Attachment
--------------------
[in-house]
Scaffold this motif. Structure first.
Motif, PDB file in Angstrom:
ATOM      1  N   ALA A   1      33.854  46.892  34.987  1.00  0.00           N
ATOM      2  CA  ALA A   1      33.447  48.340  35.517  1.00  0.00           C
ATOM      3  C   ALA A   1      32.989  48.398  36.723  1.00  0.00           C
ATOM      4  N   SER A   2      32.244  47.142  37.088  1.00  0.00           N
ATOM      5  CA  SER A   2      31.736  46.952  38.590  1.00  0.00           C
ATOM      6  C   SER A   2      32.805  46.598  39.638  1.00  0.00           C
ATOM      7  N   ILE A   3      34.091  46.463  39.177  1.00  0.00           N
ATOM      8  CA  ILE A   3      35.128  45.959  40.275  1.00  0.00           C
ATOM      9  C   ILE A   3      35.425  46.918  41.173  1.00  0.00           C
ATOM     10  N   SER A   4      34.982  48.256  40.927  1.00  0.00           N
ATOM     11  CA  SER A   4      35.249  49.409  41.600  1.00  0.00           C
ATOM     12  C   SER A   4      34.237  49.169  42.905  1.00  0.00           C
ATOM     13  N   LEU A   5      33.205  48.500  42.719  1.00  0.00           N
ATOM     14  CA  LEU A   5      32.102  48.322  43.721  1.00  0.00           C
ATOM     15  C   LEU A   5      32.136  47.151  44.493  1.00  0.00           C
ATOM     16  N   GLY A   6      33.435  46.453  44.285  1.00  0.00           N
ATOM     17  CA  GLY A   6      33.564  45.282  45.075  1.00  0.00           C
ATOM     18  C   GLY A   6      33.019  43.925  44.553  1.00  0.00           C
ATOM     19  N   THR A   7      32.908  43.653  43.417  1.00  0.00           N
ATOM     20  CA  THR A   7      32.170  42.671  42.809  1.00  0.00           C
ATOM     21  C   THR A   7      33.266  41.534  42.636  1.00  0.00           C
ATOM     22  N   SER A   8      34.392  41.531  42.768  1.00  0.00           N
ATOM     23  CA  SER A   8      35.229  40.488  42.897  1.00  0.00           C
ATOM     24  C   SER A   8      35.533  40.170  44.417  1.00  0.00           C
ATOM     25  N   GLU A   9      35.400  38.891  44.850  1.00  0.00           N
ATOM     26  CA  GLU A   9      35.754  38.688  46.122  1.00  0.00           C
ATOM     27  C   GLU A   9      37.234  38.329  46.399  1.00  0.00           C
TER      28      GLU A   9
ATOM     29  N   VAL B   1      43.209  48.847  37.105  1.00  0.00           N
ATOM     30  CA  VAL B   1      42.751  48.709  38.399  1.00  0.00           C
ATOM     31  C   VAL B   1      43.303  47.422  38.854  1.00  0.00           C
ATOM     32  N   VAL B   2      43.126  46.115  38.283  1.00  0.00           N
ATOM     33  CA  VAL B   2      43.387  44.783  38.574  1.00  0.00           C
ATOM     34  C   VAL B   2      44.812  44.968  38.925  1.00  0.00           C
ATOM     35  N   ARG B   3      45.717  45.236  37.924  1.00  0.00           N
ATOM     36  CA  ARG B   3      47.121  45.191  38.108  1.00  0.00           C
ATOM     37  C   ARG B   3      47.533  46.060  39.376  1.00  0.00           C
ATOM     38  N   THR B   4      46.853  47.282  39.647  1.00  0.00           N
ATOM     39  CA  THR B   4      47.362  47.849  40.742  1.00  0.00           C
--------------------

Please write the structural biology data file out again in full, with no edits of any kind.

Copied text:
[in-house]
Scaffold this motif. Structure first.
Motif, PDB file in Angstrom:
ATOM      1  N   ALA A   1      33.854  46.892  34.987  1.00  0.00           N
ATOM      2  CA  ALA A   1      33.447  48.340  35.517  1.00  0.00           C
ATOM      3  C   ALA A   1      32.989  48.398  36.723  1.00  0.00           C
ATOM      4  N   SER A   2      32.244  47.142  37.088  1.00  0.00           N
ATOM      5  CA  SER A   2      31.736  46.952  38.590  1.00  0.00           C
ATOM      6  C   SER A   2      32.805  46.598  39.638  1.00  0.00           C
ATOM      7  N   ILE A   3      34.091  46.463  39.177  1.00  0.00           N
ATOM      8  CA  ILE A   3      35.128  45.959  40.275  1.00  0.00           C
ATOM      9  C   ILE A   3      35.425  46.918  41.173  1.00  0.00           C
ATOM     10  N   SER A   4      34.982  48.256  40.927  1.00  0.00           N
ATOM     11  CA  SER A   4      35.249  49.409  41.600  1.00  0.00           C
ATOM     12  C   SER A   4      34.237  49.169  42.905  1.00  0.00           C
ATOM     13  N   LEU A   5      33.205  48.500  42.719  1.00  0.00           N
ATOM     14  CA  LEU A   5      32.102  48.322  43.721  1.00  0.00           C
ATOM     15  C   LEU A   5      32.136  47.151  44.493  1.00  0.00           C
ATOM     16  N   GLY A   6      33.435  46.453  44.285  1.00  0.00           N
ATOM     17  CA  GLY A   6      33.564  45.282  45.075  1.00  0.00           C
ATOM     18  C   GLY A   6      33.019  43.925  44.553  1.00  0.00           C
ATOM     19  N   THR A   7      32.908  43.653  43.417  1.00  0.00           N
ATOM     20  CA  THR A   7      32.170  42.671  42.809  1.00  0.00           C
ATOM     21  C   THR A   7      33.266  41.534  42.636  1.00  0.00           C
ATOM     22  N   SER A   8      34.392  41.531  42.768  1.00  0.00           N
ATOM     23  CA  SER A   8      35.229  40.488  42.897  1.00  0.00           C
ATOM     24  C   SER A   8      35.533  40.170  44.417  1.00  0.00           C
ATOM     25  N   GLU A   9      35.400  38.891  44.850  1.00  0.00           N
ATOM     26  CA  GLU A   9      35.754  38.688  46.122  1.00  0.00           C
ATOM     27  C   GLU A   9      37.234  38.329  46.399  1.00  0.00           C
TER      28      GLU A   9
ATOM     29  N   VAL B   1      43.209  48.847  37.105  1.00  0.00           N
ATOM     30  CA  VAL B   1      42.751  48.709  38.399  1.00  0.00           C
ATOM     31  C   VAL B   1      43.303  47.422  38.854  1.00  0.00           C
ATOM     32  N   VAL B   2      43.126  46.115  38.283  1.00  0.00           N
ATOM     33  CA  VAL B   2      43.387  44.783  38.574  1.00  0.00           C
ATOM     34  C   VAL B   2      44.812  44.968  38.925  1.00  0.00           C
ATOM     35  N   ARG B   3      45.717  45.236  37.924  1.00  0.00           N
ATOM     36  CA  ARG B   3      47.121  45.191  38.108  1.00  0.00           C
ATOM     37  C   ARG B   3      47.533  46.060  39.376  1.00  0.00           C
ATOM     38  N   THR B   4      46.853  47.282  39.647  1.00  0.00           N
ATOM     39  CA  THR B   4      47.362  47.849  40.742  1.00  0.00           C